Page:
Another example of how the Met Office is working with people around the world to manage the impacts of weather and climate is the Met Office College. The College has provided meteorological tuition for over 75 years and has earned a reputation for world-leading training.
Flexible as well as experienced, the College offers training anywhere in the world, including its dedicated training facilities at the Met Office head office in the UK.
Topics range from professional weather forecaster and observer training, which conform to World Meteorological Organization guidelines, to short courses that help people better understand and interpret weather information or recognise the likely impacts of climate change.
Scheduled courses are provided as well as bespoke training, as Sally Wolkowski, Head of the Met Office College, describes: “Our trainers are experienced meteorologists and climate scientists so can provide the best possible advice, tuition and support.
The training team has extensive experience of delivering bespoke training projects all over the world including Nigeria, South Korea, The Gambia, Rwanda and Brazil.
“We train a wide range of people from around the world, including those from meteorological service providers and research bodies to public sector and industry delegates.
We have delivered training in a range of non-standard locations including the galley of an icebreaker moored in a Finnish fjord and an oil rig in Trogir, Croatia.”
Services to industry
With forecasting capability ranging from the seabed to the top of the atmosphere and right across the globe, the Met Office supports a variety of industries, from insurance to renewable energy.
Accurate and reliable weather intelligence enables businesses to operate safely and efficiently. For example, around the world, airlines are estimated to save £2.7 billion a year by using Met Office forecasts.
Providing services to the marine industry for over 150 years, the Met Office has a Marine Centre of Excellence at Aberdeen in the UK, which has worldwide capability.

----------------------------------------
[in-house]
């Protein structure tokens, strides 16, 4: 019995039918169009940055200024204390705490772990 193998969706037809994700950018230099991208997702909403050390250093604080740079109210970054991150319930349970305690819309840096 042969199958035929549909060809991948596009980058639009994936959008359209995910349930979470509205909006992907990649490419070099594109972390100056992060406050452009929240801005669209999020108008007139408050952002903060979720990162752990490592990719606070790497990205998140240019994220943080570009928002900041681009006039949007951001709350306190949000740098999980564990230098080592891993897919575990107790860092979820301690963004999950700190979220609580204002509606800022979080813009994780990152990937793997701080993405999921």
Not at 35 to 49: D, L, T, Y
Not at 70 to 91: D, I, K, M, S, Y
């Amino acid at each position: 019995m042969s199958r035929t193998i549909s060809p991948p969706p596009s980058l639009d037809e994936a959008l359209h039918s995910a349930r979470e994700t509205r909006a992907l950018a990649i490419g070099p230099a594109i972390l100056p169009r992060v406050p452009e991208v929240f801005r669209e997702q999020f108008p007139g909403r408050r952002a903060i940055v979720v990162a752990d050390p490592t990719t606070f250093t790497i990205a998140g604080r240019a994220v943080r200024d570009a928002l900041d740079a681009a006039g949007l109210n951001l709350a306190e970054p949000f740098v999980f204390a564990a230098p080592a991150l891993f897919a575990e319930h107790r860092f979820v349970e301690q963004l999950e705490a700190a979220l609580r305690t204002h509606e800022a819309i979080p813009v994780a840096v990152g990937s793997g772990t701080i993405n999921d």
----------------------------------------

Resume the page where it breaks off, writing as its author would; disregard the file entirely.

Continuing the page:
With in-depth understanding of how weather impacts the marine industry, the Met Office provides expert consultancy and services to support decision making through all phases of offshore operations.
This helps businesses around the world to plan, construct, operate, maintain and decommission effectively, safely and profitably. Offshore consultancy services include bespoke analyses, studies and opinion work.
This might incorporate guidance on capturing and using metocean data, mapping marine climate, oil-spill modelling, regional affects of sea-level rise, or shifting seabed temperatures for subsea pipelines.
Expert witness services are also provided for legal or insurance cases. Through a long involvement with the oil and gas industry, and by gaining local knowledge through collaboration in different countries, the Met Office continually transforms its services.
For example, a new collaboration between the Met Office and NiMet, the Nigerian Meteorological Agency, has made metocean weather products and services available to the Nigerian offshore oil and gas industry.
The alliance draws on the Met Office’s extensive meteorological, training and commercial experience, as well as NiMet’s national meteorological archive and unrivalled local knowledge.
Through the partnership the Met Office and NiMet are able to provide the best possible service, which demonstrates the Met Office’s commitment to providing relevant high quality products and services to customers anywhere in the world.